Oyster 3 -4591Great audience participation, for The Oxford Girl (1982); this encapsulated the evening’s folk music modern and approachable. The years moved on it was now 1983 with Coal Not Dole, written by Kay Sutcliffe, all about the Kent Coal fields. The emotions were still raw as John sung the lyrics of the poem written by Kay, a wife of a Kentish miner. She wrote the poem during the mid-eighties dispute between  Maggie Thatcher’s Conservative government and the NUM.  Another Oysterband classic hardly felt stripped down with a rousing delivery of Another Quiet Night in England. A little known fact was shared. The Oysterband banked the earnings of tours of East Germany prior to reunification!  You have to go and see this engaging trio to learn the full twists and turns of a tale with not a happy ending and the band buying the get-away car for their ex-manager George!

 

Oyster 3 -4580The exact meaning of Cornish Hal-an-Tow, is unclear and is a processional tune ushering in summer. In fact the meaning may be from the words jolly rumbalo, it is always a fun tune to get your feet a-tapping. Alan’s solo The Mississippi Summer was another one of the beautiful interpretations that were the hallmark of this evening’s show of folk in the round.  Meet You There, provided a stirring finales to a great evening crammed with stories and songs rooted in the folk tradition with the freedom to fly brightening a winter evening.

With an encore, the 1992 Oysterband number  We Could Leave Right Now, as the song progressed they left the stage and walked off singing as they went their voices fading as the night drew to an end. A fabulous evening, all good things as they say have to come to an end unfortunately.

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Kathryn Roberts & Sean Lakeman @Roots Unearthed, Cardiff

Kathryn Roberts and Sean Lakeman - St Davids Hall - Feb 2015 - _0003l

 

Kathryn Roberts & Sean Lakeman
Level 3 St David’s Hall, Cardiff
2nd February 2015

 

 

Kathryn Roberts and Sean Lakeman - St Davids Hall - Feb 2015 - _0005lAs part of the Roots Unearthed gigs on Level 3 at St David’s Hall, which are always special, inmate and full of quality music. Tonight was no exception the lights were set and the instruments piano, flute and clarinet awaited Kathryn’s touch and the guitars sat waiting for Sean’s magic fingers and the music to begin. The turnout was good, for a cold and bleak February Monday evening, and those who chose to stay inside missed an evening of lyrics, tales and laughs that flowed from the stage and across the audience. Kathryn Roberts & Sean Lakeman are without doubt two of the most accomplished performers on the British folk scene, and it is fantastic that they are back on the road with a new album Tomorrow Will Follow Today.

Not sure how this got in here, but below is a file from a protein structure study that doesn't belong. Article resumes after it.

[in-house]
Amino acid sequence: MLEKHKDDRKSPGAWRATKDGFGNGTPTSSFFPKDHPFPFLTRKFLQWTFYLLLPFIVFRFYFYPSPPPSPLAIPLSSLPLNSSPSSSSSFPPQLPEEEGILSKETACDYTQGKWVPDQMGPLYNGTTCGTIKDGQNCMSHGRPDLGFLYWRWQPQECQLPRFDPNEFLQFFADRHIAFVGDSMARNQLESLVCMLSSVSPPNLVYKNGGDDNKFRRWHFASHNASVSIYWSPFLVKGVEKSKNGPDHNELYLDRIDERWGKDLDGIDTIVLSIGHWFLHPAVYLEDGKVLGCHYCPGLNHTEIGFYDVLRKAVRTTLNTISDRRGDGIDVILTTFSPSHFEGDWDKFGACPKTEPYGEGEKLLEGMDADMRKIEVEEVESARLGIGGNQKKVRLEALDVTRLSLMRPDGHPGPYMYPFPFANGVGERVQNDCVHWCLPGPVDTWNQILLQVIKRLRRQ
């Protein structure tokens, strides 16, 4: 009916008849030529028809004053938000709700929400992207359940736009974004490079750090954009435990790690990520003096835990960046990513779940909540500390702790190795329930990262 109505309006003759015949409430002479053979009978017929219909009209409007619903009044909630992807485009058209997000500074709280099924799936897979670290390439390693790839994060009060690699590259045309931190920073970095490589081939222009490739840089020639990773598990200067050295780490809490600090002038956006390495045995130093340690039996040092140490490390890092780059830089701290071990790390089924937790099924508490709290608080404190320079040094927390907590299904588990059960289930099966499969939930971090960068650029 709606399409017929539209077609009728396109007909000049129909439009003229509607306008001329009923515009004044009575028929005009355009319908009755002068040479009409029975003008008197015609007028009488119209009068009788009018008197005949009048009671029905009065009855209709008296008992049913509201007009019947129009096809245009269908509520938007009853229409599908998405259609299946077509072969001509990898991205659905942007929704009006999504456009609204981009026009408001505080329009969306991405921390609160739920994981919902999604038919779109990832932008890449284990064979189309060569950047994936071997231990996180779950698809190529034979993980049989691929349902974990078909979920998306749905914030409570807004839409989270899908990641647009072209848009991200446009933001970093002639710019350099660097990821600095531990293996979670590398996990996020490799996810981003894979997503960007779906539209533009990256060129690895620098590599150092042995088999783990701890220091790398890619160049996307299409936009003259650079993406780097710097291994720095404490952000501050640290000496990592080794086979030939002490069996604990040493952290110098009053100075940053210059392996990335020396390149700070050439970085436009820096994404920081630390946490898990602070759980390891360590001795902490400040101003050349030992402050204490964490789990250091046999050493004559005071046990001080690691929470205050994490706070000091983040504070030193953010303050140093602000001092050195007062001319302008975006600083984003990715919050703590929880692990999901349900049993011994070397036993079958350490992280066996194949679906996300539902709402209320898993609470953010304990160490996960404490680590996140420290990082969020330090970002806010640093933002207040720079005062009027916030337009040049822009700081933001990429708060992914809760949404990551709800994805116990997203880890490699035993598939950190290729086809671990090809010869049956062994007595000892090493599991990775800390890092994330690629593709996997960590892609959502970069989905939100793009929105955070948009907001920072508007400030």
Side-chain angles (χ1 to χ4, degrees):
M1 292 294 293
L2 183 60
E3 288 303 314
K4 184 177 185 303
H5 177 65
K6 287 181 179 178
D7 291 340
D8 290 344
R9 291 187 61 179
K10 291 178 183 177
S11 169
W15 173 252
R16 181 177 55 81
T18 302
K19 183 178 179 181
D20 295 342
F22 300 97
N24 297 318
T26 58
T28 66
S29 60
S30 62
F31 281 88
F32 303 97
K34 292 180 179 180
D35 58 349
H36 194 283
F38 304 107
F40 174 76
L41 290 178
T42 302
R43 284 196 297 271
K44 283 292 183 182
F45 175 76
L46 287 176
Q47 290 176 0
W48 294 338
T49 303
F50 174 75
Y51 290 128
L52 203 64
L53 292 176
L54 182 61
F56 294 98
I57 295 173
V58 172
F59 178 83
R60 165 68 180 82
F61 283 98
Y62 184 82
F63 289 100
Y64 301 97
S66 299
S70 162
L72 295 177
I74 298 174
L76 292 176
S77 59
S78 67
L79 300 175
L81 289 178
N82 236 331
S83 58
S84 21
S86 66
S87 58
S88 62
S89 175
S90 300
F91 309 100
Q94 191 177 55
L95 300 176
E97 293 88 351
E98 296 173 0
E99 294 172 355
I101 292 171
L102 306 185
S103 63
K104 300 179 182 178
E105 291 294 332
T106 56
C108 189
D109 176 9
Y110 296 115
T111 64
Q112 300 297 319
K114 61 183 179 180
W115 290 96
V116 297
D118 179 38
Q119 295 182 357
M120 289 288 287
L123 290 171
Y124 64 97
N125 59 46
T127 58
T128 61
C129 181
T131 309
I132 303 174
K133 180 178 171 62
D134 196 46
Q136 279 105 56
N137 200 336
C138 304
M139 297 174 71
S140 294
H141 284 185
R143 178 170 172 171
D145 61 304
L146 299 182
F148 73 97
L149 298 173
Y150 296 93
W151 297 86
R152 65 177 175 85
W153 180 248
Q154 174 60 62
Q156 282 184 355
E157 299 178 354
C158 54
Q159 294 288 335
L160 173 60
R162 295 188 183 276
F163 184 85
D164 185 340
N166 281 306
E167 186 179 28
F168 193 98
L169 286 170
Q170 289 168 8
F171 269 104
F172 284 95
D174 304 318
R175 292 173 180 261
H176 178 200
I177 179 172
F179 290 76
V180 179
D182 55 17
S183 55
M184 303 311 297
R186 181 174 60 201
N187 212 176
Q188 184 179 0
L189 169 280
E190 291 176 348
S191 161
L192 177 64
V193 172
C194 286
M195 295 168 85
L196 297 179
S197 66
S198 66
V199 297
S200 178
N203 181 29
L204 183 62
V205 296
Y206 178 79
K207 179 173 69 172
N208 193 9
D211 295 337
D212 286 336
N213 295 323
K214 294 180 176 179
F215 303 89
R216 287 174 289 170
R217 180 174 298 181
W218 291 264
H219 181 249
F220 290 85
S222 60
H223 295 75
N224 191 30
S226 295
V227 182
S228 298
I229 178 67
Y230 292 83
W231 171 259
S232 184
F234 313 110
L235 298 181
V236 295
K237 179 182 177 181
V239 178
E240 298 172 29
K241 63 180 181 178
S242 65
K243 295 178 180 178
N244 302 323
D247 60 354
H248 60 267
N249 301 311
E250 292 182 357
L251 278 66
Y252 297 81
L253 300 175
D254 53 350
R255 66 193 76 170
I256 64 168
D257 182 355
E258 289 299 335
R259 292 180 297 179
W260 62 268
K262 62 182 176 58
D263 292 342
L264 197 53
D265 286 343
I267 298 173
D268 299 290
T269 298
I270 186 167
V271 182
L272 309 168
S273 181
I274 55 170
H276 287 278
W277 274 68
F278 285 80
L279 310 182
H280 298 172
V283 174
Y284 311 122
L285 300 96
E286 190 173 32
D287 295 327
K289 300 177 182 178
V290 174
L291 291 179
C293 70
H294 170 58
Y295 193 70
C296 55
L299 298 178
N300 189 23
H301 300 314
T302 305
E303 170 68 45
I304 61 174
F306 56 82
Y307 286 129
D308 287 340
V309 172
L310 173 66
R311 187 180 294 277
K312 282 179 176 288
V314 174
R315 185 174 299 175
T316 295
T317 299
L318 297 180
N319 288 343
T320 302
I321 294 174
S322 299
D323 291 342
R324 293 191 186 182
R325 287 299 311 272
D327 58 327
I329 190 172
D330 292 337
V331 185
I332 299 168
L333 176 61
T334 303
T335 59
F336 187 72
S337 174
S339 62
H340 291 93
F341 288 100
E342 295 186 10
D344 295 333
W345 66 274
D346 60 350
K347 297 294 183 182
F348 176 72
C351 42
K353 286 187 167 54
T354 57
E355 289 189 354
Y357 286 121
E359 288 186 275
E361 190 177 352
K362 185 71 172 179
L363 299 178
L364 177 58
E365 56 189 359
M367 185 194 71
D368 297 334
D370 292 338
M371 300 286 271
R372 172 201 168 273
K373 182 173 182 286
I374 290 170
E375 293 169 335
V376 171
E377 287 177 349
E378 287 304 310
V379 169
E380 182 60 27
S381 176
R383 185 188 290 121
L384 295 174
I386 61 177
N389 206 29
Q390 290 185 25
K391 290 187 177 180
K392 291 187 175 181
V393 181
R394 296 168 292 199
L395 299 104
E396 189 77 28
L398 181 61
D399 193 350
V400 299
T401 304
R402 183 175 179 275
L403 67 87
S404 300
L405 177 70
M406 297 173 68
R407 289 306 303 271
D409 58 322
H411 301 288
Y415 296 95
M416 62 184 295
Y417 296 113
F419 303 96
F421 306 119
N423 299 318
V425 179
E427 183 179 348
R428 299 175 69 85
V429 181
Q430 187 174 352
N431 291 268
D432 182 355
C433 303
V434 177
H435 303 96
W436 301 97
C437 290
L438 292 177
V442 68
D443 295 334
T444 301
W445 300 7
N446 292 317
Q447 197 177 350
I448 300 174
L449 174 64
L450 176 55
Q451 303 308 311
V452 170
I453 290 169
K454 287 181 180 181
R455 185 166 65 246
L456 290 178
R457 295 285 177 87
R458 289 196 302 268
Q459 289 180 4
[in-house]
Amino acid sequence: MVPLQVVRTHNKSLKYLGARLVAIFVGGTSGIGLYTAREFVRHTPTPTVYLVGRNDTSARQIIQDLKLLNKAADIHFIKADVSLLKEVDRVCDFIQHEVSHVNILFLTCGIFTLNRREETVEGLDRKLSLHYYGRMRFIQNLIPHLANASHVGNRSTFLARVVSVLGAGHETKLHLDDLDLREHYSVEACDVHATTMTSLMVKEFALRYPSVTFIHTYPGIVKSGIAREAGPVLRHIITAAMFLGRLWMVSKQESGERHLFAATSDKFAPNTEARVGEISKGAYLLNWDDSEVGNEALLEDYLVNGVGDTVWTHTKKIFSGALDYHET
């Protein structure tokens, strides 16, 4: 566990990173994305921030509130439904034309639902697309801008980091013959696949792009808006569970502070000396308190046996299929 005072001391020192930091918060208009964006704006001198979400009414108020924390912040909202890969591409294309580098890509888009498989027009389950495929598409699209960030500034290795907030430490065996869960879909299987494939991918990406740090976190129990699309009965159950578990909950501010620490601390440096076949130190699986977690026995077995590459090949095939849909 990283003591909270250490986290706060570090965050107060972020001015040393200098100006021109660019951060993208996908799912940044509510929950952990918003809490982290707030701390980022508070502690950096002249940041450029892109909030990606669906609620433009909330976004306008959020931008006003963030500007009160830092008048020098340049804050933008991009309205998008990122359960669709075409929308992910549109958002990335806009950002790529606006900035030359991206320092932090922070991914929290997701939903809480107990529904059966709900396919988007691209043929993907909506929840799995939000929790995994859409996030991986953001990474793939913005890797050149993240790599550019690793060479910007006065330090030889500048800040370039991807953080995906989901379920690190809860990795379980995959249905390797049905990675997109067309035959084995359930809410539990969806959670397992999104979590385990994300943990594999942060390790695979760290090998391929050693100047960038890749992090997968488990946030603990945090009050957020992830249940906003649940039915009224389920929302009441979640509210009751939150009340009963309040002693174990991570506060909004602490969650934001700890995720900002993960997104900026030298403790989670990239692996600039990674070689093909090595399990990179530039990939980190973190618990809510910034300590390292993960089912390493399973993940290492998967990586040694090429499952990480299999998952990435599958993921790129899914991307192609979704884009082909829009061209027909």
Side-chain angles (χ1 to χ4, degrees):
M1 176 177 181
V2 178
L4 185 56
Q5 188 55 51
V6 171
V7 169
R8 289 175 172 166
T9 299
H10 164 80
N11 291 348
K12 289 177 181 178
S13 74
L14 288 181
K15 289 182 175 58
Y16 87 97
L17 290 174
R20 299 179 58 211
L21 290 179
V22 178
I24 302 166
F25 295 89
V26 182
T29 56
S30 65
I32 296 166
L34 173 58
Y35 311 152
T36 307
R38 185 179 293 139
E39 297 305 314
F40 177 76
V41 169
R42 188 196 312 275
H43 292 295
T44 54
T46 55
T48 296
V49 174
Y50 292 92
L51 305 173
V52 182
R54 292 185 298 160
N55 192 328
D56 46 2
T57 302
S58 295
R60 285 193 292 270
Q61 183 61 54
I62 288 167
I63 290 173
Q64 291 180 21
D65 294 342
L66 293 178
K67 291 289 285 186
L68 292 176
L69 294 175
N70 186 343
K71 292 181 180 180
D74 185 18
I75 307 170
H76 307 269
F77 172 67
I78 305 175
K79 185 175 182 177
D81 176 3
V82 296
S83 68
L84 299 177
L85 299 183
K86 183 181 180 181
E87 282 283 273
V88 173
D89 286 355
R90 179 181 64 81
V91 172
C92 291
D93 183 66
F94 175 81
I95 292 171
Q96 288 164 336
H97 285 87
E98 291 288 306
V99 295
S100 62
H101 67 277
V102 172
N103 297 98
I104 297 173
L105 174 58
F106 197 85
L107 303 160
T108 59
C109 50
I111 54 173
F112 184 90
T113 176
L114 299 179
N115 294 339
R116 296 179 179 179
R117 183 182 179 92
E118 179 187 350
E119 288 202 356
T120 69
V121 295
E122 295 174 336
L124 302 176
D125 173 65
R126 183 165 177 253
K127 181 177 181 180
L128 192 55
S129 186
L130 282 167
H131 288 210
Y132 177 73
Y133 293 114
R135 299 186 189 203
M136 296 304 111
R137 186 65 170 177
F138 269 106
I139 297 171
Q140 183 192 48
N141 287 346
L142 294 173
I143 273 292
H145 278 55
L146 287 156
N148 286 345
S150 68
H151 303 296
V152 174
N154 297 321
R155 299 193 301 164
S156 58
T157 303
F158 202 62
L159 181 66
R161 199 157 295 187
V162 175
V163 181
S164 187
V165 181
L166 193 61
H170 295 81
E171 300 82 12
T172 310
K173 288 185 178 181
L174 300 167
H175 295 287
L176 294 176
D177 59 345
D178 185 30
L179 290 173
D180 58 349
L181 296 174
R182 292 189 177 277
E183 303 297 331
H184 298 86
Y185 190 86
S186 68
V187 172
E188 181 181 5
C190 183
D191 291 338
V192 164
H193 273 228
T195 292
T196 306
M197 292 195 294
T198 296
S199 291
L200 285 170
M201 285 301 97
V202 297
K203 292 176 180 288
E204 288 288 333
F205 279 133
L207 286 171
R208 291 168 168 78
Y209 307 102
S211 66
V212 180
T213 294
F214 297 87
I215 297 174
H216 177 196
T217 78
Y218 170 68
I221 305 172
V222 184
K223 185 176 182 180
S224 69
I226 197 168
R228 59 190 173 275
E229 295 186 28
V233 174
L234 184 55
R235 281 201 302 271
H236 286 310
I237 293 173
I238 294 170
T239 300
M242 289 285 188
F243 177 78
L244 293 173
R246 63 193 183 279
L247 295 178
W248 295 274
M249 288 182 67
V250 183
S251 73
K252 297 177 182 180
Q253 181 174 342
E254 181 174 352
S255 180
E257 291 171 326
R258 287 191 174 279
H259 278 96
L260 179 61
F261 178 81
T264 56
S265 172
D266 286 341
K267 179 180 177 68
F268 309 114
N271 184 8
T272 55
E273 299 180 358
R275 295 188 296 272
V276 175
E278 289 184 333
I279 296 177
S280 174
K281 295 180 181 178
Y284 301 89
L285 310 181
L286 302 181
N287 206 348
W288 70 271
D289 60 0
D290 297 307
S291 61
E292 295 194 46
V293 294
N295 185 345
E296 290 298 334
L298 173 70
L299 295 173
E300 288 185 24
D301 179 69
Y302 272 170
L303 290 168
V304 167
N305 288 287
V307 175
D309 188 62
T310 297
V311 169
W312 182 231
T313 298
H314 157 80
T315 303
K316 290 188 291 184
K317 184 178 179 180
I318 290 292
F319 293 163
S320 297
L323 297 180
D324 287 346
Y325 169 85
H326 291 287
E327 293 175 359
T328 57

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The two sets were delivered with professional panache, combining the two elements that make a great performance, interaction with the audience tales about the song, themselves and fabulous musicianship and lyrics that hold your imagination and accompaniment that adds but never drowns. We heard a mix of traditional songs and others penned by Kathryn including 52 Hertz, motivated about her love of Whales and an article in a Science journal, we end up with a haunting melody and Kathryn’s vocals delivering a solo that stays on the mind as the story unveils itself about as a lonely whale in the North pacific, who sings at 52 Hertz the wrong key so no other whale hears his song as he is forever forlornly looking for the female to mate with; modern folk that touches every button on your folk radar. The whole set was a showcase for Sean’s classy acoustic guitar work as he strummed and delivered a complex array of chords making it look so simple as he never missed a beat and was in perfect harmony with Kathryn’s stunning vocal interpretation of every song she sung full of texture and tones that made every word stand out.